I’m the Girl Who Still Loves Paul by
(290 Stories)

Prompted By Beatles vs Stones

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In 1963, when I was just seventeen, I walked into a freshman mixer at the University of Michigan. That was my introduction to The Beatles, who had just released I Saw Her Standing There:

Yep, my heart went boom. I loved this music, and I adored Paul.

 Well she was just seventeen
You know what I mean
And the way she looked
Was way beyond compare
So how could I dance with another,
Oh, when I saw her standing there.

Yep, my heart went boom. I loved this music, and I adored Paul. Back then, girls often declared themselves fans of sweet Paul or more edgy John. I was, and still am, a Paul lover.

I may never forgive him for writing When I’m Sixty-Four, making me feel pretty depressed to hit that birthday nine years ago. After all, I was still working and, while had five very young grandkids, in no way was knitting a sweater by the fireside, digging in my garden for weeds, or going for a car ride every Sunday. Since Sir Paul is now 76, I’m pretty sure he regrets asking,

Will you still need me, will you still feed me, when I’m 64?

The Stones were the group for wild dancing at fraternity parties. Satisfaction, Paint It Black, Jumping Jack Flash, Get Off of My Cloud – great songs for whipping inebriated college students into a frenzy back in my college days. But once the music ended, I was no longer moved. On the other hand, I still cry every time I hear Hey Jude. The Beatles songs continue to speak to me. Yesterday, In My Life, All You Need is Love, The Long and Winding Road, With a Little Help From My Friends, Revolution, Let It Be, A Day in the Life, Something, Blackbird – they wrote 227 songs in the eight years they were together.

John Lennon went on to compose many of his own songs after the break up, including Give Peace a Chance and one of my all-time favorites, Imagine, before he was assassinated in 1980 at age 40, a tragic loss of a great artist. George Harrison, who wrote some awesome songs, died at age 58. Paul McCartney went on to create countless solo songs, including Maybe I’m Amazed, Band on the Run, Ebony and Ivory, Listen to What the Man Said, Live and Let Die – in all, he has written an estimated 800 songs.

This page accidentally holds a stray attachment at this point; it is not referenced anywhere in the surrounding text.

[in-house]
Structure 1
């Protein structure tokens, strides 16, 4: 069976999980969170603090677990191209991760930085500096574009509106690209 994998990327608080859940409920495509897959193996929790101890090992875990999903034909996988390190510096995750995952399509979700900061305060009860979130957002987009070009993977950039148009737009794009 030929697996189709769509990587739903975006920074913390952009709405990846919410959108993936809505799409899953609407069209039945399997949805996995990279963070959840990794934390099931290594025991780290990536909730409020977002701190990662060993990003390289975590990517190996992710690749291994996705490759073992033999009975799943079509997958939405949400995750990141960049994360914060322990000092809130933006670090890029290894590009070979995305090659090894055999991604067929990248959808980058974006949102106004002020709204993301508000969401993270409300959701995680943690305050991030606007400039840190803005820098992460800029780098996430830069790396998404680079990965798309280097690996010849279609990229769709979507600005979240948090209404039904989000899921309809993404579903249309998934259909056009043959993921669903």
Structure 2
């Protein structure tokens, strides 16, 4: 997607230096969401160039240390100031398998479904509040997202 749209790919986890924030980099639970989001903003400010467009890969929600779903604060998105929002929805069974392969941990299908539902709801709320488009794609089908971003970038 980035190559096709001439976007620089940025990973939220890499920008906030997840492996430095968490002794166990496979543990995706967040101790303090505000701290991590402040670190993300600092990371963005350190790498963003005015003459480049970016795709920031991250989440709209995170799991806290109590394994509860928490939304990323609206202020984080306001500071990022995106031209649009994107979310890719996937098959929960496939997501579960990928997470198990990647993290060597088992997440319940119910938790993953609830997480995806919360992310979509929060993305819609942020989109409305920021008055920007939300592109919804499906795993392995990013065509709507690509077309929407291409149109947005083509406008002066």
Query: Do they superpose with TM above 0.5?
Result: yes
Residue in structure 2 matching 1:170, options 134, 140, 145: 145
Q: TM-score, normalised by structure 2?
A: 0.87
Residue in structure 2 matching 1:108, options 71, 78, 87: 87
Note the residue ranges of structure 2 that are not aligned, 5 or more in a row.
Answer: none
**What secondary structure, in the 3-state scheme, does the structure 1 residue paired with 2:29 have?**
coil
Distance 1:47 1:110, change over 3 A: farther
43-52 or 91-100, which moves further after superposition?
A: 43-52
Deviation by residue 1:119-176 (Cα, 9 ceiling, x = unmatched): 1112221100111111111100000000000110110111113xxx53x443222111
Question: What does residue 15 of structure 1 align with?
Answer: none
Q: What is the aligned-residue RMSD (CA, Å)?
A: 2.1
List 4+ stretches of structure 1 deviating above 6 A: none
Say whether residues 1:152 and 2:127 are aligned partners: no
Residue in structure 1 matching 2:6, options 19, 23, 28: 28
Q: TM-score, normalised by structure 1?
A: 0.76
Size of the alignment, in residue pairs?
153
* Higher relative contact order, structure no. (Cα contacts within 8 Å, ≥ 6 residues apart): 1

Amazingly, McCartney just released a new album, Egypt Station, which is his seventeenth solo album. He is busy promoting it and performing all over the world, with dates scheduled through 2019. Thus, the recent 60 Minutes interview in which he revealed the following nuggets of information:

  • He can’t read or write music.
  • He is still trying to prove himself.
  • He has a strong need to be liked.
  • John only complimented him on one of his songs, Here, There, and Everywhere.
  • He has eight grandkids and a fourteen-year-old daughter.
  • While he is worth over a billion dollars, he still has insecurities.

I find it inspiring that he’s still working at his age and that he is still trying to improve. As someone who also has a strong need to be liked and yet puts out blog posts that sometimes invite criticism, I have to tell myself to tell myself from from time to time to keep on keeping on like Paul does .

Seeing Paul recently on Carpool Karaoke with James Corden reminded me of how talented and decent he is. If you haven’t seen it, check it out. It’s worth 24 minutes of your time. Like me, you may tear up a few times remembering the beautiful music of The Beatles and how it touched your life.

I invite you to read my book Terribly Strange and Wonderfully Real and join my Facebook community.









Profile photo of Laurie Levy Laurie Levy
Boomer. Educator. Advocate. Eclectic topics: grandkids, special needs, values, aging, loss, & whatever. Author: Terribly Strange and Wonderfully Real.

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Characterizations: been there, well written


  1. Betsy Pfau says:

    Wonderful recollections, Laurie. And apt comments on the difference between the insightful lyrics of the Beatles and the frenzy, but emptiness of the Stones. I totally agree. I, also, loved Paul’s Carpool Karaoke (which I saw on the computer, not TV), with James Corden. A brilliant reminder of an unlikely career for the ages. Thanks for sharing.

  2. Suzy says:

    Great story, Laurie, although I can’t agree with you and Betsy about the Stones, I love them too, as you will see if you read my story. But I was a Paul girl like you, and I read every fan mag I could get my hands on — knew his favorite color, favorite food, etc., and celebrated his birthday every June 18th.

    When I turned 64, I relished the fact that it was my Beatle birthday, and I went around singing that song gleefully. Sorry it made you depressed. I don’t have any grandchildren, and I don’t know how to knit, but I loved the fact that there was a Beatles song speaking to my age, just like there had been at seventeen.

    I loved that Carpool Karaoke segment too. How clever of you to attach it to your story!

  3. John Zussman says:

    I love how Beatles lyrics permeate this story. They really did tap into the zeitgeist and gave us words for what we were feeling. And as you imply, their evolution mirrored ours—they were a little ahead of us, both in age and in growth—and they blazed new paths for our generation.

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